Scientist of the Day - Matthias Schleiden
Matthias Jakob Schleiden, a German botanist and microscopist, was born Apr. 5, 1804. Most people vaguely remember "Schleiden and Schwann" from their high-school biology course, where one briefly encountered them right after learning that Robert Hooke coined the word “cell” (you might have been taught that Hooke discovered the cell, but that is not quite the same thing). As to Schleiden and Swann, you probably learned that Schleiden, the botanist, and Theodor Swann, the animal anatomist, discovered that the cell is the fundamental unit of all living things. As is often the case, the truth is not quite so simple. Schleiden did publish a paper in 1838, called "Beiträge zur Phytogenesis" (“Contributions to studies on the origin of plants”). It appeared in a journal with the formal title, Archiv für Anatomie, Physiologie und wissenschaftliche Medizin, which is often referred to as Müller's Archiv, after the editor, Johannes Müller, who just happened to be Schleiden's teacher in Berlin.
In his short article, Schleiden did state that the cell is the fundamental unit of plant structure; i.e., all plants are made of cells. He was not, however, the first to do so, being preceded by, among others, the Czech biologist Jan Purkyně and his pupil Gabriel Valentin. Morever, Schleiden did NOT argue that every cell is produced by the division of another cell, which is a basic tenet of modern cell theory. Rather, he thought that cells were generated from some kind of protoplasm by an entity he called a "cytoblast," which was in fact a cell nucleus, but which Schleiden saw as a "cell generator", which is what cytoblast means. This theory of cell genesis was quite erroneous and was not soundly based on observation. However, Schleiden’s version of the cell theory was taken up by Schwann,, who had independently come to the conclusion that all animal organisms are composed of cells. Schwann published a much more substantive work in 1839, a book called Mikroskopische Untersuchungen, in which he praised Schleiden's work and accepted his cytoblast theory. We wrote a post on Schwann in 2016.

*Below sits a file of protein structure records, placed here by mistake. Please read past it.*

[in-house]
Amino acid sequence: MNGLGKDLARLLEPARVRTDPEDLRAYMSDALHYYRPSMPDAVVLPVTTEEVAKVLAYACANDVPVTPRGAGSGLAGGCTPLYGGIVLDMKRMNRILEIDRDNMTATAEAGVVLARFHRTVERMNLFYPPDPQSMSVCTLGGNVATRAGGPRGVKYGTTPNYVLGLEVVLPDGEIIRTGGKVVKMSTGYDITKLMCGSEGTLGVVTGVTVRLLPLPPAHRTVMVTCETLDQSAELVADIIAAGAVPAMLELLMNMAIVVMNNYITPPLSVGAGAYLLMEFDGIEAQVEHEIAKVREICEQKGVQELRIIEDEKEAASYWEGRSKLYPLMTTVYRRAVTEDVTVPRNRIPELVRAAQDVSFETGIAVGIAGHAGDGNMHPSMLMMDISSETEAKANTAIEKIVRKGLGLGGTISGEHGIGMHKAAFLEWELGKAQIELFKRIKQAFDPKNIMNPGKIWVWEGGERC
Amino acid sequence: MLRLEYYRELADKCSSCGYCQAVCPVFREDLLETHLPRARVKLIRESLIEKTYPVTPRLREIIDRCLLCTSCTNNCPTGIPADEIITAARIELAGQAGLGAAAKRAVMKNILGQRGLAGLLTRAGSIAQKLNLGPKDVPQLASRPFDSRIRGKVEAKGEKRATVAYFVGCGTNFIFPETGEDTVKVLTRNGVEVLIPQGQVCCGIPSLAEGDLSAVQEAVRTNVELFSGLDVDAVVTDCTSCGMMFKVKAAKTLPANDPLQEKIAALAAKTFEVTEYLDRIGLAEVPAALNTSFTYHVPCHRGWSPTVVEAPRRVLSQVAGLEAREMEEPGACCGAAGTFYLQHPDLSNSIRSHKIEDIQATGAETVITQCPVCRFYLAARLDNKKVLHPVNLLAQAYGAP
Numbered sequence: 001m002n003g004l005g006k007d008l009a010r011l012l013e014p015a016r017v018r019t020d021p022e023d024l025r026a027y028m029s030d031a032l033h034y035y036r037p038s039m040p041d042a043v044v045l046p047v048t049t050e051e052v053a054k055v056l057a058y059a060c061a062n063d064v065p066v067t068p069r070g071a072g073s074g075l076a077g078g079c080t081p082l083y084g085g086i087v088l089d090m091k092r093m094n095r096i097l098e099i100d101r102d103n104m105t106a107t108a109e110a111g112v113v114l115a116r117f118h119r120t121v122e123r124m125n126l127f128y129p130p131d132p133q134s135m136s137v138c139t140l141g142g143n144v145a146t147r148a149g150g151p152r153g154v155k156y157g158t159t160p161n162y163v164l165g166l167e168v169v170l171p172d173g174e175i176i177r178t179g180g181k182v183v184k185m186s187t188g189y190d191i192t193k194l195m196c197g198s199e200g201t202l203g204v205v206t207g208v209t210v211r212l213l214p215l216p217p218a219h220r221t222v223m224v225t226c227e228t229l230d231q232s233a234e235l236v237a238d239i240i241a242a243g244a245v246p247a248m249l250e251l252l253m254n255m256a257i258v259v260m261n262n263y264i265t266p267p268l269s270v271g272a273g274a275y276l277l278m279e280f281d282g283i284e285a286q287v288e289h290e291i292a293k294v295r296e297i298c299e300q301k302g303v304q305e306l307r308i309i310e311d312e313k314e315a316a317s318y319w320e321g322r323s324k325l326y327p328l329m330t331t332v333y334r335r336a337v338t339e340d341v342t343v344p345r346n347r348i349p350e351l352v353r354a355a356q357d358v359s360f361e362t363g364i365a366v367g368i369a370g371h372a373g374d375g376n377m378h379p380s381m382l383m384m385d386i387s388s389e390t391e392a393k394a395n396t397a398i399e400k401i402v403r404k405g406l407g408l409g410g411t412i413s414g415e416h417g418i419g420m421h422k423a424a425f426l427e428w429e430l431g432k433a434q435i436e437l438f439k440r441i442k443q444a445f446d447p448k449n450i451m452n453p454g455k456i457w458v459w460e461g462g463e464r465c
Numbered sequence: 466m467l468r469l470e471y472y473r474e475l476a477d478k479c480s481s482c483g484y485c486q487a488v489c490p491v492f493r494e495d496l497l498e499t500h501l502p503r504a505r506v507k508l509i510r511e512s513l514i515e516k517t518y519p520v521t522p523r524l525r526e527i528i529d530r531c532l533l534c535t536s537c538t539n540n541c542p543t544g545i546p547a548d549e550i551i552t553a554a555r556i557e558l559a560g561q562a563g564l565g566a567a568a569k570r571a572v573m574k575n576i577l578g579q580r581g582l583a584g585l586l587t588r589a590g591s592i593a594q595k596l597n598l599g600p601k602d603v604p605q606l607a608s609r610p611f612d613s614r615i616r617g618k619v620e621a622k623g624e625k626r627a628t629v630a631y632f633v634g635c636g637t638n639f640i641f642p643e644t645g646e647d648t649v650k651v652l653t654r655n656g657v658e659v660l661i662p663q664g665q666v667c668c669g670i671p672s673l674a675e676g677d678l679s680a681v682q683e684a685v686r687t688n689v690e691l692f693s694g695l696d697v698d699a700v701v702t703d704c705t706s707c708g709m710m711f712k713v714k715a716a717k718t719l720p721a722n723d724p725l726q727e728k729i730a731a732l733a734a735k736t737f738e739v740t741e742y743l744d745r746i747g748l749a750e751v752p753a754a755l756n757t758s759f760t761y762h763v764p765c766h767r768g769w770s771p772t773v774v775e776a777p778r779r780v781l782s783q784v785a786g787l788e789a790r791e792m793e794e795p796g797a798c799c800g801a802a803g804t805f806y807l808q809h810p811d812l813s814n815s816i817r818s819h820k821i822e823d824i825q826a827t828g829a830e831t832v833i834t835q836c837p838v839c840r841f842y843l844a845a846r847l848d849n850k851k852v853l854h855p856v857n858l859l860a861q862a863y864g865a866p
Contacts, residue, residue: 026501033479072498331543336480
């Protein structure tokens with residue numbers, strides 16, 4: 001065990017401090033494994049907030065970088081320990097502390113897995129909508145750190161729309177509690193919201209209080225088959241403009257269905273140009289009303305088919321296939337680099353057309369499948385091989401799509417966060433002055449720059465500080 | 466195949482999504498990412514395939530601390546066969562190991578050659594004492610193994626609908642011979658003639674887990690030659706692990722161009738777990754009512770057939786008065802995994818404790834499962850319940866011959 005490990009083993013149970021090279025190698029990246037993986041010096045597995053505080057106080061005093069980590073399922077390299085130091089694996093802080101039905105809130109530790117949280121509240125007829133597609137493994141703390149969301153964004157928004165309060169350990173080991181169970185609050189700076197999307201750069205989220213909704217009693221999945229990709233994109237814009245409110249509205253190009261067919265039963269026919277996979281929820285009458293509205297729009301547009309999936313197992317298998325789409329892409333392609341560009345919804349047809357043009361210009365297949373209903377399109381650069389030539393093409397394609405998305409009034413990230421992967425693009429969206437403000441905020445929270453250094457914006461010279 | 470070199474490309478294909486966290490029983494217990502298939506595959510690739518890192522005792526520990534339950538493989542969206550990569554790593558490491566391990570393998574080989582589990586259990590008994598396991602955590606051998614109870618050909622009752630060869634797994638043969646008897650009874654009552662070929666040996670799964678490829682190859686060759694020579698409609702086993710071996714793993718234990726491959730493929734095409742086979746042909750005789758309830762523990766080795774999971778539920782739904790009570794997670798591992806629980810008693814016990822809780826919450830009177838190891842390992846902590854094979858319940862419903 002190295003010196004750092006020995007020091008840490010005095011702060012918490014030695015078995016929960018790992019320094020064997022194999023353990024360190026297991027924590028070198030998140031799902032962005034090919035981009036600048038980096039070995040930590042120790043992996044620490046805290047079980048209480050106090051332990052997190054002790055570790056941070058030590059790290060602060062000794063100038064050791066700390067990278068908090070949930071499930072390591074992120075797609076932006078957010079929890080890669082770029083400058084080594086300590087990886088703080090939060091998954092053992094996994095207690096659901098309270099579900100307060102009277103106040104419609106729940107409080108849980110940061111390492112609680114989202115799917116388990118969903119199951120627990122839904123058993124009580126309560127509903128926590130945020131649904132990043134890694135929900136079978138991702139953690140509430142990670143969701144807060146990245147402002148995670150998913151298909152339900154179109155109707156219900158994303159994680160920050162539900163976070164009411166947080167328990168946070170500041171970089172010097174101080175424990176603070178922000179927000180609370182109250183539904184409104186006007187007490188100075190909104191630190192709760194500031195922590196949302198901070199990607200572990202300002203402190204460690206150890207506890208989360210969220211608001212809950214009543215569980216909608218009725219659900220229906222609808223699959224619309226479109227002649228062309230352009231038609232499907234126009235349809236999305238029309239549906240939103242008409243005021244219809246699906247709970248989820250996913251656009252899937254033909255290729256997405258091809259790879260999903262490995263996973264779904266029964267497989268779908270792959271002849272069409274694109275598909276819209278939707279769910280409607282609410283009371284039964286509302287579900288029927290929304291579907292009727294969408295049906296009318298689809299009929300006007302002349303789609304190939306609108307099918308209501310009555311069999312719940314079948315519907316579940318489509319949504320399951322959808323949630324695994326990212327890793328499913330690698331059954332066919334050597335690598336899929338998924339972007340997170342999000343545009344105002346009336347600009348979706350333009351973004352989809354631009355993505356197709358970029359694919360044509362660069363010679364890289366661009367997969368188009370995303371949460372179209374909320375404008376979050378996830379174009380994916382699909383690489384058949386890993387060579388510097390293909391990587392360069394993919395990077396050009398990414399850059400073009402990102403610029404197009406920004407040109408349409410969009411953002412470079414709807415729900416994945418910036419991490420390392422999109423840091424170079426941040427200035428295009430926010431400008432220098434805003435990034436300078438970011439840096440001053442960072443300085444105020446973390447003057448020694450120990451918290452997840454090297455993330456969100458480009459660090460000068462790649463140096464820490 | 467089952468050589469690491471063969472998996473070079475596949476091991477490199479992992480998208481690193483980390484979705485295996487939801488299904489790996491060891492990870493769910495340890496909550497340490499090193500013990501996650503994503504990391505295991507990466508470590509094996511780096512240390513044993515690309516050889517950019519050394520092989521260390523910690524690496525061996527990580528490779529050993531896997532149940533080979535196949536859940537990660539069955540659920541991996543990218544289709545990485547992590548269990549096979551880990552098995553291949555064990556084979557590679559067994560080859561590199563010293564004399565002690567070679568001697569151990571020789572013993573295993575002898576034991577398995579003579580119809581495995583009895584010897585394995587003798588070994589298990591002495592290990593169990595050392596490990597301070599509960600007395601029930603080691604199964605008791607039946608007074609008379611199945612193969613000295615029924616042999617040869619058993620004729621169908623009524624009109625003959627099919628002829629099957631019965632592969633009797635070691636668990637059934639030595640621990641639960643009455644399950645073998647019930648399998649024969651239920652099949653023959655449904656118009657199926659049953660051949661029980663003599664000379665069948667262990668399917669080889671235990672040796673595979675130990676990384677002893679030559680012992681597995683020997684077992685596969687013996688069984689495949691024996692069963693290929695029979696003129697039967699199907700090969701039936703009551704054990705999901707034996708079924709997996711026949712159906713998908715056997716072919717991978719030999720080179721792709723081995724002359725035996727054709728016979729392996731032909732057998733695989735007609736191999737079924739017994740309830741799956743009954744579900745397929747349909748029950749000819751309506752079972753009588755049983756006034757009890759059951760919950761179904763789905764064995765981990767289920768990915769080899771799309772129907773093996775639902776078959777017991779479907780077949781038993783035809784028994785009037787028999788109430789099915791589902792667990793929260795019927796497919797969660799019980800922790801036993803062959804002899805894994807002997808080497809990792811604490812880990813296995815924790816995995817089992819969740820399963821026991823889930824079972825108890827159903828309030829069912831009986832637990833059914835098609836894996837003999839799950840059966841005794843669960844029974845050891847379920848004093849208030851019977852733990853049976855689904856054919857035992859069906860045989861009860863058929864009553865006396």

And then, as if to sanction the union of Schleiden and Schwann, an Englishman, Henry Smith, translated Schwann's book and published it in 1847, under the auspices of a new publication sponsor, the recently founded Sydenham Society. Smith also translated Schleiden's paper and tacked it on at the end. The work had the title: Microscopical Researches into the Accordance in the Structure and Growth of Animals and Plants. And it has been Schleiden and Schwann ever since. Cell biologists such as Robert Remak, a Polish Jew who did indeed argue, beginning in 1841, that every cell is the result of the division of other cells, and who was quite critical of the erroneous Schleiden-Schwann theory of cell genesis, are hardly mentioned in English textbooks, even today.
Nevertheless, nearly every biology class that visits our history of science collection wants to see Hooke, and Schleiden-Schwann, and we can display all of their works. With respect to Schleiden, what you would see is what we show you today, the journal in which Schleiden’s 1838 paper appeared, the paper itself, a detail of one of the two plates (the other is not nearly so handsome), and the translation of 1847 that put Schleiden and Schwann on the English-speaking map. There is nothing wrong with looking at these papers and appreciating Schleiden's work – he was a good microscopist and plant cytologist. But it would be nice if biology teachers would also ask to see the works of Purkyně, Valentin, and Remak. It would provide their classes with a much more complete picture of the origins of cell theory.
Dr. William B. Ashworth, Jr., Consultant for the History of Science, Linda Hall Library and Associate Professor emeritus, Department of History, University of Missouri-Kansas City. Comments or corrections are welcome; please direct to email@example.com.